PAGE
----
There are many obvious pleasures to be had from heavy, cold and sustained rainfall over several days, such as noticing multiple flaws in the roof and getting to spend hours indoors with small children.
But let us not forget the less obvious pleasures – such as encounters with marvellously strange creatures driven to the surface from the sodden bowels of the Earth.
Caroline Roussot encountered this worm yesterday on the footpath/cycleway between the Rodney Street Tunnel and King George V Park.
Ms Roussot has seen worms before, but none quite like this. ‘ It’s the biggest worm I have ever seen in my life,’ she told the Spurtle, ‘longer than the span of my hand, which is about 20cm.
‘And I've never seen one white with an orange band either.
‘Do you think any local arthropophiles could tell us what it is?’
Getting to grips with worms
Spurtle is unaware of any local arthropophiles in our list of useful contacts, but after several happy hours spent rummaging through the website topsoils of the Earthworm Society of Great Britain and Imperial College London’s Key to Common British Earthworms, we think we have an answer.
The strange beastie encountered by Ms Roussot was a large or elongated and rather wan example of the blue-grey worm Octolasion cyaneum. The yellow tail sealed it.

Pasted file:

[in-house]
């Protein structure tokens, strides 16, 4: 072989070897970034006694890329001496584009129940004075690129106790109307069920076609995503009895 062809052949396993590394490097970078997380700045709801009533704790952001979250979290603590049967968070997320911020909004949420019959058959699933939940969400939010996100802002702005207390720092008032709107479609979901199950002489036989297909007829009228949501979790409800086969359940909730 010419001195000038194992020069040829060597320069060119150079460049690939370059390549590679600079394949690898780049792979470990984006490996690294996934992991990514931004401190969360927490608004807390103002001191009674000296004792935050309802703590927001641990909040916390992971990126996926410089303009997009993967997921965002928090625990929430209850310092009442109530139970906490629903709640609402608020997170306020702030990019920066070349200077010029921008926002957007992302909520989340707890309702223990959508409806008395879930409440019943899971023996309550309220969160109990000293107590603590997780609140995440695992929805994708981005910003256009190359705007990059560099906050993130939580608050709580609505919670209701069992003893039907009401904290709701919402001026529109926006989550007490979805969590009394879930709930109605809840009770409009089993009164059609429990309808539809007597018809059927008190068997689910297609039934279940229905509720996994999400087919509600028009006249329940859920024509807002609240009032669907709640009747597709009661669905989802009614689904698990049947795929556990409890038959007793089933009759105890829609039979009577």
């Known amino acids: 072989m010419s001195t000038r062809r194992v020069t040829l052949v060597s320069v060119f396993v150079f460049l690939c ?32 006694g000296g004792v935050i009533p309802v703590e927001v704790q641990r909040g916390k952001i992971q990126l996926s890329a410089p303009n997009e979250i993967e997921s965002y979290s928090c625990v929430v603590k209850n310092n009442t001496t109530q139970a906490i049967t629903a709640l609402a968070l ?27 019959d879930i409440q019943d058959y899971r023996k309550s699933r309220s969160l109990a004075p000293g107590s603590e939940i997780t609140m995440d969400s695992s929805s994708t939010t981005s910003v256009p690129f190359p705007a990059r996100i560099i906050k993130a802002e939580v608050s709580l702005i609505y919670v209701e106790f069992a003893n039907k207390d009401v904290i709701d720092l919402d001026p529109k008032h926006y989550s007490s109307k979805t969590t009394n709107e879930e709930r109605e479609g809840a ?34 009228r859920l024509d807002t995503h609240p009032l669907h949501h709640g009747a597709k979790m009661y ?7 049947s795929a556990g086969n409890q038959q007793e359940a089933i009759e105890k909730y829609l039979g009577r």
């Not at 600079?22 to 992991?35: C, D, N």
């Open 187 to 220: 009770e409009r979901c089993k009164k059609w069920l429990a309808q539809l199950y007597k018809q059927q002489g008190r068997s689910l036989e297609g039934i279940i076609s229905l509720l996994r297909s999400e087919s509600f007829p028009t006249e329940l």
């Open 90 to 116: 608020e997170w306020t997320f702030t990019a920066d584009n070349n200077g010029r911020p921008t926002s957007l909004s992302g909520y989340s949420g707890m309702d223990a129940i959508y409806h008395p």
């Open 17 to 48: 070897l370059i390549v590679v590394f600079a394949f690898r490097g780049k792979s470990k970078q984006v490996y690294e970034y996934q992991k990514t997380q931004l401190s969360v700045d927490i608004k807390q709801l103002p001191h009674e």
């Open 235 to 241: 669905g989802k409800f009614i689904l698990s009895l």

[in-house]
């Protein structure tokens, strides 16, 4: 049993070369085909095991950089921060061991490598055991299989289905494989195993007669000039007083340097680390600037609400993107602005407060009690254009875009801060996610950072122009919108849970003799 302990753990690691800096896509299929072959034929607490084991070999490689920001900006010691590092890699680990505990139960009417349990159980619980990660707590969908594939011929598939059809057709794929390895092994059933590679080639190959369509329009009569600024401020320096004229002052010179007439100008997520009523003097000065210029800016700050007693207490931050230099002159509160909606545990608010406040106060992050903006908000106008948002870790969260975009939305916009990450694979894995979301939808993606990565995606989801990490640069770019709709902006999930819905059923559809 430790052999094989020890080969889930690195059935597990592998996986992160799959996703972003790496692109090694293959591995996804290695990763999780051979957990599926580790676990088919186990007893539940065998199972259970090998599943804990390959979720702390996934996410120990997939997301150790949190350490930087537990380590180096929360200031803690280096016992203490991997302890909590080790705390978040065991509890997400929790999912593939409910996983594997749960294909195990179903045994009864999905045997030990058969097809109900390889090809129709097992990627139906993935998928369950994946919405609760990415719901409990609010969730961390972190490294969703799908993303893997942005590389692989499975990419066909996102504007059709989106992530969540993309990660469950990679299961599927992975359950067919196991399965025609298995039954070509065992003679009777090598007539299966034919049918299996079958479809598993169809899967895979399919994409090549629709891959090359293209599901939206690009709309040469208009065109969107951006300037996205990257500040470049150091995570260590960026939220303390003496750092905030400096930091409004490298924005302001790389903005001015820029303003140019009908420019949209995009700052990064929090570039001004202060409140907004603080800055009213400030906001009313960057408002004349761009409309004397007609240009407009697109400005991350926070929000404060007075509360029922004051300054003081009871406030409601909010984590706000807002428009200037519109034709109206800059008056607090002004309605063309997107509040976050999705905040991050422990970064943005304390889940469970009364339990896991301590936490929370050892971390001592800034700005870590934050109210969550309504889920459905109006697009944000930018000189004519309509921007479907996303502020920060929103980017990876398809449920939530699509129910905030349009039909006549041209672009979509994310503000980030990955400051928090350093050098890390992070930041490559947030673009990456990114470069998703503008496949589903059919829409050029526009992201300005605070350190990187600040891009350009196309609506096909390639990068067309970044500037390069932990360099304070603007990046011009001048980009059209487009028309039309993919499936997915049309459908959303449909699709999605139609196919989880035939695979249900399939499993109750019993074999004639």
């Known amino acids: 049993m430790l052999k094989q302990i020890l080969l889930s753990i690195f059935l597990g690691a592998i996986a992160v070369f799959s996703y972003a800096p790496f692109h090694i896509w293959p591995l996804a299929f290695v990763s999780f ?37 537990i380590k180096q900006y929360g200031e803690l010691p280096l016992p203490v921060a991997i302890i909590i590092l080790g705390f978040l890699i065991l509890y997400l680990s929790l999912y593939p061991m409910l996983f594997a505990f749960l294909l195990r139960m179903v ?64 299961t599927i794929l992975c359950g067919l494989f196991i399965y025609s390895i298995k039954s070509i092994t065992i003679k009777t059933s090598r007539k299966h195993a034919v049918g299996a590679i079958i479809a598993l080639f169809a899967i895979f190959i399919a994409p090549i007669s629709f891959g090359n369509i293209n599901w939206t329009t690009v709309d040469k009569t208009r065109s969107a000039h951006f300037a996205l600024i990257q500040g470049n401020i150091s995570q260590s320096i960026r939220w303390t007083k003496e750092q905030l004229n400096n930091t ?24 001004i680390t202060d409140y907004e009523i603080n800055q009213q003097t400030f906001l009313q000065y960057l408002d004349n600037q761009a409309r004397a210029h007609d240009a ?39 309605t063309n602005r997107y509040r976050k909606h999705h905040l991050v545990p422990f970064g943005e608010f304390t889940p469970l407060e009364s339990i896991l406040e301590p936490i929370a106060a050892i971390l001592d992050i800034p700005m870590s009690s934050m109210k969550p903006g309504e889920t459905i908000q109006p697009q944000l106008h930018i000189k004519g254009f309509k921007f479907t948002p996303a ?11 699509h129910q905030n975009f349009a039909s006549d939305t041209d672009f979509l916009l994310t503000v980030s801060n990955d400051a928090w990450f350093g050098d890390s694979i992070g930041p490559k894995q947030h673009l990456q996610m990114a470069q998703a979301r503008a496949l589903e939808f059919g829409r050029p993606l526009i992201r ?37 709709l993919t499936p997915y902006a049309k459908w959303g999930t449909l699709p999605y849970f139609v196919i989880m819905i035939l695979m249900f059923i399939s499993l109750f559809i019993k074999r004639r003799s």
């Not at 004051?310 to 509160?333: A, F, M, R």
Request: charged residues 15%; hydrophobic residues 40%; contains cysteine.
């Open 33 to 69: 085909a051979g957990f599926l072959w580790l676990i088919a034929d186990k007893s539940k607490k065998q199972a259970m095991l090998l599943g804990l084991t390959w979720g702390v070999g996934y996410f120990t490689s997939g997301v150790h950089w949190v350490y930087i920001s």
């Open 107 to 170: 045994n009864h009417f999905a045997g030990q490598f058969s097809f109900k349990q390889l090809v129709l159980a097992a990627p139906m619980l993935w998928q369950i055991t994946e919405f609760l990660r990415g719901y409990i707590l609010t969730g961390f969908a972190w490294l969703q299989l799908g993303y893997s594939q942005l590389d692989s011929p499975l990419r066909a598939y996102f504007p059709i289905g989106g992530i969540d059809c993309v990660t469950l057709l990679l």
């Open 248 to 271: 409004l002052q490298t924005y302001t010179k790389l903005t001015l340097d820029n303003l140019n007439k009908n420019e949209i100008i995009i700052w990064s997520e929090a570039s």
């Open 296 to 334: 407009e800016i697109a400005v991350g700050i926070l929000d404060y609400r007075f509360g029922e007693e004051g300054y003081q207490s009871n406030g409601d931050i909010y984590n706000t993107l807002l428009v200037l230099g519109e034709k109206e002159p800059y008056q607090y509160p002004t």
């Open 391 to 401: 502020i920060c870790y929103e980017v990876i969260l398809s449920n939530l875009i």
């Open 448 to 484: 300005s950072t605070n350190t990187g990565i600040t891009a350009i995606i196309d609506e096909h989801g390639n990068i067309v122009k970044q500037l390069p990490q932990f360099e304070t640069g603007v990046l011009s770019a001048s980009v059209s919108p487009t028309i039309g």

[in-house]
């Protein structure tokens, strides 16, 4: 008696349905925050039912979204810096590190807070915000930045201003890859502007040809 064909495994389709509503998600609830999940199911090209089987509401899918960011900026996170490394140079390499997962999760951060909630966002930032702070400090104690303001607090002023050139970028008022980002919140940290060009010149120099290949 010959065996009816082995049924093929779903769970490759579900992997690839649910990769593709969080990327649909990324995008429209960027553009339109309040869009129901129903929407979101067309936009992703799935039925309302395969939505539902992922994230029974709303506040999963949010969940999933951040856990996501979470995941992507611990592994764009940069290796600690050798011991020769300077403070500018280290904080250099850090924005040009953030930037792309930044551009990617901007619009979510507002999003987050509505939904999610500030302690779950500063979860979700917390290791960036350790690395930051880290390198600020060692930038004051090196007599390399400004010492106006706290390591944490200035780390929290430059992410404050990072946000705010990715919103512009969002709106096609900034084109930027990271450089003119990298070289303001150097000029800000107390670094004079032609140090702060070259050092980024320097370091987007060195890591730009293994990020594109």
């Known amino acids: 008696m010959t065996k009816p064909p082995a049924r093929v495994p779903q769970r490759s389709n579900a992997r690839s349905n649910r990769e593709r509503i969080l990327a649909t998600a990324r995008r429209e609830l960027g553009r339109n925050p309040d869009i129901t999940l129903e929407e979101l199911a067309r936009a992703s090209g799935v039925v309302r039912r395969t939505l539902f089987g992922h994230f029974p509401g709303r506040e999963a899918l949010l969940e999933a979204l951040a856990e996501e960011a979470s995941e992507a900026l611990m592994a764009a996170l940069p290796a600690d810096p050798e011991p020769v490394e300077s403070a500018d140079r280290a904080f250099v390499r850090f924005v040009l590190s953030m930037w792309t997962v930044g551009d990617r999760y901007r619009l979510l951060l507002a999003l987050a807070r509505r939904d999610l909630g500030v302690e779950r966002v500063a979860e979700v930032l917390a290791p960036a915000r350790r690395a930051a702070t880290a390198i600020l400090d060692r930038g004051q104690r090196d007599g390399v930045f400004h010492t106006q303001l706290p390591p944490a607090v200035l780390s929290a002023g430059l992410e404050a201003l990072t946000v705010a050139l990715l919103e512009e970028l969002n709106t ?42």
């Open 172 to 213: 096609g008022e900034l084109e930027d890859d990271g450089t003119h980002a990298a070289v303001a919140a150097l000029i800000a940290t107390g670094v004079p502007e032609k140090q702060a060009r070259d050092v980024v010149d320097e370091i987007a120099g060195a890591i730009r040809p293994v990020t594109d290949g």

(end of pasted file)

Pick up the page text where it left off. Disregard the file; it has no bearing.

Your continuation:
The Taranaki Educational Resource: Research, Analysis and Information Network, based in New Zealand, where the introduced blue-grey worm is now widespread, helpfully points out that:
Its diet is soil. Its typical size of adult is 10cm. The body from the first segment to the saddle is partly or entirely pale in colour. Can vary from faint blue-grey to a pale rosy pink colour. It has a distinct yellow tail (last four or five segments). It may have a lilac blue line on the upper surface.
Earthworms are hermaphrodites: They typically have two pairs of testes, surrounded by 2 pairs of testes sacs. There are 2 or 4 pairs of seminal vesicles which produce, store and release the sperm via the male pores, and ovaries and ovipores in segment 13 that release eggs via female pores on segment 14. However, most also have one or more pairs of spermathecae (depending on the species) that are internal sacs which receive and store sperm from the other worm in copulation. Mature earthworms display a glandular ring or saddle - clitellum - on the front portion of the body. Clitellum has a function in reproduction, and its size, shape and position vary between species.
How long is long?
The website All About Worms notes that earthworms can routinely grow to around 20cm, with the Lumbricus terristris sometimes achieving 25cm. The Brazilian Glossoscolex giganteus grows to roughly 1 metre, while the Megascolides australis has been known to reach three times that length and tamper with cricket balls.
Spurtle would welcome further natural observations from our readers. Please send us details and a photo of any other interesting oddities you find lying about in the neighbourhood.